Monday, July 1st, 1918 represented a major confluence of minor blessings for the Canadian Expeditionary Force. Unable to predict that the war would be over before the closing of the year, military leaders were taking steps to ensure their forces were trained, equipped, and rested for the battles ahead. For the CEF, this meant a […]
The hundred days campaign had forced the German army into full retreat. German morale hit a new low as death, starvation, and sickness eroded motivation to carry on. Nevertheless, German rear-guards continued to show strong pockets of resistance as it retreated towards the city of Mons. On 7 November, the Canadian Corps crossed into Belgium […]
Following the allied victory at Cambrai, the Germans continued their retreat and made their final stand at Valenciennes. With the Canal de l’Escaut to their west and Mount Houy to their south, Valenciennes offered a strong natural defensive landscape where the Germans could slow their enemy’s advance. This would be where the Canadians would fight […]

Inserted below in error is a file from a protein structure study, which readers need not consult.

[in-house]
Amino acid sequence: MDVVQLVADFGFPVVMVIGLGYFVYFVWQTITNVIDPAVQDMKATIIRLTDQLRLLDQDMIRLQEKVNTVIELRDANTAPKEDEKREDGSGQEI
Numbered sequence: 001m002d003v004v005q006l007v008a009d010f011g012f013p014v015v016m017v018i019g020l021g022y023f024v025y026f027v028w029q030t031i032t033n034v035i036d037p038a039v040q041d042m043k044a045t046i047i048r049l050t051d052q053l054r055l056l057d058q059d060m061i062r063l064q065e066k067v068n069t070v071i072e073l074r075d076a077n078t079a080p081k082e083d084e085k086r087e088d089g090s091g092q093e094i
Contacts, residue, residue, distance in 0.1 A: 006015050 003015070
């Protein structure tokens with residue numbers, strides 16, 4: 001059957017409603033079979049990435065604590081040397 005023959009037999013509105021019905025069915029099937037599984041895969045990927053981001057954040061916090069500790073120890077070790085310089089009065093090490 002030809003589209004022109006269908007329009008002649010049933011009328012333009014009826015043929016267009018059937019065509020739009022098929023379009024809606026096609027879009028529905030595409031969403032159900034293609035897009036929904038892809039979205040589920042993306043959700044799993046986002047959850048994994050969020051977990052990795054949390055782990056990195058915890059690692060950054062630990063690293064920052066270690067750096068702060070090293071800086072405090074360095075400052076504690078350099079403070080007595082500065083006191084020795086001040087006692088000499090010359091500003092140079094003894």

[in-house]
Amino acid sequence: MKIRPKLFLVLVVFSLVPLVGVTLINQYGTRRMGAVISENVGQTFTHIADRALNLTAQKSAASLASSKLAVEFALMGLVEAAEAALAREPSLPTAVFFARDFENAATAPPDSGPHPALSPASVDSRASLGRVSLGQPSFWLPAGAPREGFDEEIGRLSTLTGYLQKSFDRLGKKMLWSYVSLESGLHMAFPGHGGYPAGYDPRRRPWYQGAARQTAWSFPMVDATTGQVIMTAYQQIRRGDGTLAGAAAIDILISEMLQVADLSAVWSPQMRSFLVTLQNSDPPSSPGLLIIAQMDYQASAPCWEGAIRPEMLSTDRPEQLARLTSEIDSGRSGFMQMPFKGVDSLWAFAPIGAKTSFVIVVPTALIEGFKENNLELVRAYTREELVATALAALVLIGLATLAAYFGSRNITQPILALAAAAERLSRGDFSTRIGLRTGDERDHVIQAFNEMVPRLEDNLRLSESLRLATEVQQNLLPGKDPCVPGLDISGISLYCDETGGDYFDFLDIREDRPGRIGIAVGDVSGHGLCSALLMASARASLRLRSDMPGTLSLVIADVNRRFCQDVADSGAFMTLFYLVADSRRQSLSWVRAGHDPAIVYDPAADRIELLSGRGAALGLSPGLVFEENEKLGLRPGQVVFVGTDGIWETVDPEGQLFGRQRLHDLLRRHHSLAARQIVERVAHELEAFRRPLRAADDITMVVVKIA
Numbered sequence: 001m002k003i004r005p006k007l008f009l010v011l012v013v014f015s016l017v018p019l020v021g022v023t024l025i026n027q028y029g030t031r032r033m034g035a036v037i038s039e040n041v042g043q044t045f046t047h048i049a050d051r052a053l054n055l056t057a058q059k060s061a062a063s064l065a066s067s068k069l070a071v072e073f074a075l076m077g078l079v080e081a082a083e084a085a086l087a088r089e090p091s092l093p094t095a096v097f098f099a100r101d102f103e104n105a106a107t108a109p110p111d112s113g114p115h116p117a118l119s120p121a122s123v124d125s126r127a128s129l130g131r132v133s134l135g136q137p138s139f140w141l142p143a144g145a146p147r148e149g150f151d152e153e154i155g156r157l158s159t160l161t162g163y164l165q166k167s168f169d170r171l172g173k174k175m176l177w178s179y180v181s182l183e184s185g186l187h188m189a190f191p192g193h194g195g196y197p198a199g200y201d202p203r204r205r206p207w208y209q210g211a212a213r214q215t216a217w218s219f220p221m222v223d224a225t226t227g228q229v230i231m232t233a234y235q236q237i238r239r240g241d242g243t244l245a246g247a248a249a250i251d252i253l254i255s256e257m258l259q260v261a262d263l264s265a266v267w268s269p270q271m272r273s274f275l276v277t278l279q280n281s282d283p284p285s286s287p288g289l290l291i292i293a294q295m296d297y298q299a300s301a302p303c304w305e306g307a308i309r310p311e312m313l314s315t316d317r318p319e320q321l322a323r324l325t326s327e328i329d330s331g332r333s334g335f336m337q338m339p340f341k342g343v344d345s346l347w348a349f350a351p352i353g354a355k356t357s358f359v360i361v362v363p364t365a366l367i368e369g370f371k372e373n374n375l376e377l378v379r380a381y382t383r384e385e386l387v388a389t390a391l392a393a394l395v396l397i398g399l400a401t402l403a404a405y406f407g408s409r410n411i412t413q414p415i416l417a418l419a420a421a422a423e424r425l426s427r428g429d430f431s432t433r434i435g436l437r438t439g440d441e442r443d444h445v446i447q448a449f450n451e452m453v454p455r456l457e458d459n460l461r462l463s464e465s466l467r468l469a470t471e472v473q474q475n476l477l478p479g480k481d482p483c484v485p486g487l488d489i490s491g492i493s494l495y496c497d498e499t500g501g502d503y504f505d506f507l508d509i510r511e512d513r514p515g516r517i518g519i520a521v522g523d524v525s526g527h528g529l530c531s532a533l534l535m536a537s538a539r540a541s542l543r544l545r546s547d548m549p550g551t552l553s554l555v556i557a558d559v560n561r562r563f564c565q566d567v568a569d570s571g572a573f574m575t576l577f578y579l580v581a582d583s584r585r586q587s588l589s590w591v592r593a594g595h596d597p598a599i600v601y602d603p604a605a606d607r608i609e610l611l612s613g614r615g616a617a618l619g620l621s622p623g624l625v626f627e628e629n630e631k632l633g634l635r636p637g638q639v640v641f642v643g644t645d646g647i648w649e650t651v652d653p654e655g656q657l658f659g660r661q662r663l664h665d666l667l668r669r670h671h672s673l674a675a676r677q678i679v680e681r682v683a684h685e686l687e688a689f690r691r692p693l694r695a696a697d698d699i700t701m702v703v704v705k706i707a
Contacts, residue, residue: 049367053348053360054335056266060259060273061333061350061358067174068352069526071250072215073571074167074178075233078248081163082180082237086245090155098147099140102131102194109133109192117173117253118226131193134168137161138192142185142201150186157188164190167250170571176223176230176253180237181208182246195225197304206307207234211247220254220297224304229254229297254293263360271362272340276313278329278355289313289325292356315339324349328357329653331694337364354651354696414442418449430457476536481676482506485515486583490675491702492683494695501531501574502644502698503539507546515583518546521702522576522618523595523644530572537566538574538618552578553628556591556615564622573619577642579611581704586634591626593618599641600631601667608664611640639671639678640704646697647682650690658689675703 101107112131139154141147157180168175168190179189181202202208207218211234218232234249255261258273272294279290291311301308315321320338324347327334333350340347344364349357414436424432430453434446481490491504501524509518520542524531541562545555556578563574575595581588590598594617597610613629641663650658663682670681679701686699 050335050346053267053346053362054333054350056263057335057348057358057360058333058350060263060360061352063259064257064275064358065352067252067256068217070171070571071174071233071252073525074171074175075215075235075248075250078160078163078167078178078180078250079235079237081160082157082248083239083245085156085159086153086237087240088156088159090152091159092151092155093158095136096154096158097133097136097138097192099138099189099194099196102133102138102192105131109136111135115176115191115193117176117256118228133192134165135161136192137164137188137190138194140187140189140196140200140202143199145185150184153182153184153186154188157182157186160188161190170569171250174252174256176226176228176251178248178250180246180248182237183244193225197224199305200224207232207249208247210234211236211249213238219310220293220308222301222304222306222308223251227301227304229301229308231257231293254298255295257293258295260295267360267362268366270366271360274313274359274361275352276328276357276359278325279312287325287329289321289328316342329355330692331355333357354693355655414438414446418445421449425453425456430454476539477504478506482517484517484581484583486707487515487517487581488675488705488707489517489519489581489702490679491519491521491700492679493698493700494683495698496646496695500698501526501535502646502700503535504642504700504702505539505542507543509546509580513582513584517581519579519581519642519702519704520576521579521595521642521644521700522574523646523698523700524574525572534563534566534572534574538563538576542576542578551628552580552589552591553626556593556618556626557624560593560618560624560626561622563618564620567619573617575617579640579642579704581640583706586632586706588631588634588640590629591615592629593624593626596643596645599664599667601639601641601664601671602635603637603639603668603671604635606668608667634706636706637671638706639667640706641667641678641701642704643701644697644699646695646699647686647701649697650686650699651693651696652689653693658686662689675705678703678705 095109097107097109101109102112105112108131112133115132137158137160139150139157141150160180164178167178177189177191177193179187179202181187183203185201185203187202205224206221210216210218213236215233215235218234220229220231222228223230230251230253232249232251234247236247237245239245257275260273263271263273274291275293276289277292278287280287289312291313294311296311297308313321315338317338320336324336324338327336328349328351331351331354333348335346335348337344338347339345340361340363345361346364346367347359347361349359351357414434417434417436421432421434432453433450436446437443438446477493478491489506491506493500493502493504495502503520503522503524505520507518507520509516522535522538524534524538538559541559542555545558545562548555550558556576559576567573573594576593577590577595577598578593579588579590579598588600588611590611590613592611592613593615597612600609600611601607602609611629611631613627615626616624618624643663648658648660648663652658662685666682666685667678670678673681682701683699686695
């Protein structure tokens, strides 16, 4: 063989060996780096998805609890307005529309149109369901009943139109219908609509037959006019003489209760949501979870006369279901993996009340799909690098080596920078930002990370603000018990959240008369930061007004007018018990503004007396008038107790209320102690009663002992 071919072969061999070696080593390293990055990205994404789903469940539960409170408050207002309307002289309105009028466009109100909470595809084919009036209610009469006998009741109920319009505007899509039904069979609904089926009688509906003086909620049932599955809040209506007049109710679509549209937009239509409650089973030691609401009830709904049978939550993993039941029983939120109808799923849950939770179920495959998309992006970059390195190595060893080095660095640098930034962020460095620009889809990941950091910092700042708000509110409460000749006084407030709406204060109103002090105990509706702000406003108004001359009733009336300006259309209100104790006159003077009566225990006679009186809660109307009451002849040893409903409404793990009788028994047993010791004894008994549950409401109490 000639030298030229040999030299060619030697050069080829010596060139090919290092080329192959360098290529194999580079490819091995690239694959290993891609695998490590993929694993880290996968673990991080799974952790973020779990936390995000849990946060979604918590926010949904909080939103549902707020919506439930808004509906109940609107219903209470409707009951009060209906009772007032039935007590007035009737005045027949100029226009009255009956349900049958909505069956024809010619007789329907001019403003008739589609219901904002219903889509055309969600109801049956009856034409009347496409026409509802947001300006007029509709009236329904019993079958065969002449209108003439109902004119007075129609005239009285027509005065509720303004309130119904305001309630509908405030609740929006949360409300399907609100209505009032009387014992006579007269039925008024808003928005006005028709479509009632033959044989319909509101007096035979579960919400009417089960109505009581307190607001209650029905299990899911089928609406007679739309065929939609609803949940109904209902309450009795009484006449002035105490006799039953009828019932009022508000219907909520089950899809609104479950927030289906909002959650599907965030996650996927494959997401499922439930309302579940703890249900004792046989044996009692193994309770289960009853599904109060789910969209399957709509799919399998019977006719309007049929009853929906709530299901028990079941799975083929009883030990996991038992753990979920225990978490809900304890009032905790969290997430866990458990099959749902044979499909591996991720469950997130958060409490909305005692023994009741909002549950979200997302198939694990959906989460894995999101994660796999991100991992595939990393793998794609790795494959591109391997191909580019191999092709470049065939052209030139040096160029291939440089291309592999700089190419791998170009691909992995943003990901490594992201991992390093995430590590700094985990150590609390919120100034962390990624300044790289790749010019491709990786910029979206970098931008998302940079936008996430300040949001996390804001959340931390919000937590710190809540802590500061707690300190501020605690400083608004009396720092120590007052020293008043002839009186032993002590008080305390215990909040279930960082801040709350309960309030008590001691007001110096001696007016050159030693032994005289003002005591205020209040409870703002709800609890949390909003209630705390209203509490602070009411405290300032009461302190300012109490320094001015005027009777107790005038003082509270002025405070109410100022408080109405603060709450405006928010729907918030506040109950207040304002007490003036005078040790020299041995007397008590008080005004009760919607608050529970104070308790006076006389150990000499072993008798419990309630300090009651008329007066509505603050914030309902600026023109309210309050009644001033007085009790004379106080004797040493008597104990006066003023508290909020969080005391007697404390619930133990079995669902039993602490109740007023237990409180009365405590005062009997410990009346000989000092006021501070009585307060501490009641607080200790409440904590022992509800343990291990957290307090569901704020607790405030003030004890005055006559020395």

Following their success at the Canal du Nord, the Canadian Corps could now turn their attention to Cambrai. Situated in the Nord-Pas de Calais region, Cambrai was a key logistical centre that was surrounded by an elaborate network of canals. The area was heavily occupied by a retreating German army who showed no signs of […]
After crashing the Drocourt-Quéant Line on 2 September, the Canadian Corps could take a well-deserved rest and begin preparations for their next obstacle: The Canal du Nord. While allied forces continued their operations throughout September, Lieutenant General Sir Arthur Currie needed to develop a strategy to cross the heavily fortified canal where enemy positions were […]
August 8th marked the centenary of what came to be known as the “last hundred days”, a string of Allied offensives that eventually led to the demise of the German Army and the signing of the Armistice on 11 November 1918.